Dancing in the Rain
He walks into his small office and seems to have a purpose in his stride. I watch him, awed, as he goes in and quietly closes the door. I glance at Robbie with confusion in my eyes.
"What's going on with Mr Allen?" I ask as quietly as I can; Robbie's eyes flick to the door and he sighs.
"He won't go to fight and he has to tell the Government why," Robbie tells me; I look back at the door sympathetically.
"Poor Mr Allen," I murmur, "He shouldn't have to go war if he doesn't want to," I say; Robbie makes an unconvinced noise in the back of his throat. I look at him through narrowed eyes. "You aren't honestly thinking of signing up for the army, are you Robbie?" I demand incredulously; he shifts slightly and the duster slips from between my fingers. He catches it quickly and hands it back to me; instinctively, I curl my fingers around the firm wooden handle.
"Addie, relax. I've seen the war in the paper-"
"That you can't read," I splutter; Robbie glowers. He does not like that he cannot read. His father needed him to work beside him at the factory so Robbie never got the chance to go to school. I offered to teach him, but his pride refused him to be taught by a woman.
"I've seen pictures," He mutters; I shake with fear.
"But not photographs," I tell him hollowly; I have known Robbie my whole life. When he makes his mind up, it would take a miracle to change it. I slide down the wall, unable to hold myself up. Robbie is going to sign for the army when he turns 18 in 3 days. My heart constricts and my chest feels tight. I have always been able to count on Robbie being there for me, he has been the one constant in my life. I cannot imagine my life without him.
The door opens and Mr Allen walks out stiffly; I look up at him, unable to get the stunned expression off my face.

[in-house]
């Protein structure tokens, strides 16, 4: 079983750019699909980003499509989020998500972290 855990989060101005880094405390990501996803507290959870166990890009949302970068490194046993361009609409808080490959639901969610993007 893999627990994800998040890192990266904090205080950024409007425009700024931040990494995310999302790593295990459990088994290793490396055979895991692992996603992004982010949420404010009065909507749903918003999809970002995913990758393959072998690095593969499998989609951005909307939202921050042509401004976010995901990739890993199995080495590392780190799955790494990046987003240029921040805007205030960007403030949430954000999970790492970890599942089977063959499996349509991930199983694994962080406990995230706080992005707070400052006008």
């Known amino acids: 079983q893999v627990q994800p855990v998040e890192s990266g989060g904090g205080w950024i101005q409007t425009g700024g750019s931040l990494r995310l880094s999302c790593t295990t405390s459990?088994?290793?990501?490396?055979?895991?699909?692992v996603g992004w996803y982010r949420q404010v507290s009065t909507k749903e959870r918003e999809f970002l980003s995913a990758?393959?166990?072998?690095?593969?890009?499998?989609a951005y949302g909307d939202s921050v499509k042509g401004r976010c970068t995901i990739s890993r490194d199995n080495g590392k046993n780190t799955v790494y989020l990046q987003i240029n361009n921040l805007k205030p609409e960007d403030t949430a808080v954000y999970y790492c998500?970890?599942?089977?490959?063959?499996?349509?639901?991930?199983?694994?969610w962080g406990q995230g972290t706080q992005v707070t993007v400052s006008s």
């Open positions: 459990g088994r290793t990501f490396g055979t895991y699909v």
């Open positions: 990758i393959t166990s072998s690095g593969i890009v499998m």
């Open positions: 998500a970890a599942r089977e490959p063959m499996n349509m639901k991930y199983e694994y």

"Morning, Mr Allen," I manage to whisper; he glances down at me.
"Hello Addie," He nods slightly; I smile and rest my head against the wall. I rest my eyes and fear fills me from all sides. Robbie wants to die for England. Fear fills my lungs and I struggle to breathe. Robbie leans over me and looks at me worriedly.
"Addie," He shakes me roughly and my throat closes; real fear, I think in terror as I try to suck in air. "Addie, what's wrong?" He shakes me again and I feel the heat burning my face. Breathe, Addie, someone has to convince Robbie that he has gone mad. The words echo around my head and I take in a frightened gasp. I have a plan, my conscience whispers, a smile in her voice. I struggle to my feet and refuse to look at Robbie. "Addie?" He says softly; I do not turn to face him.
"You want to join the army, Robert?" I enquire icily; I do not need to look to see him jolt at being called Robert.
"I have to Addie, you know I have to." He snaps, matching my quiet anger; I bite my lip. I cannot stay mad at Robbie. I turn and look at him, not hiding my fear.
"No!" I cry forcefully. "You don't have to fight Robbie; Mr Allen is proof that you don't have to fight!" I remind him hysterically; Robbie's warm brown eyes seem hard and cut off.
"Yeah?" He retorts. "So if men have a choice about whether or not to fight, why does Mr Allen have to justify himself to the government?" He demands; an idea strikes me.
"Because the government is made up of men who cannot see further than the ends of their noses." I snap; Robbie looks at me, surprised. I am not usually so worked up about things.
"Addie, relax." Robbie mutters as he turns to leave.
"Why don't we see why Mr Allen won't fight," I call after him; he pauses for a moment, but stalks off down the corridor. My heart sinks.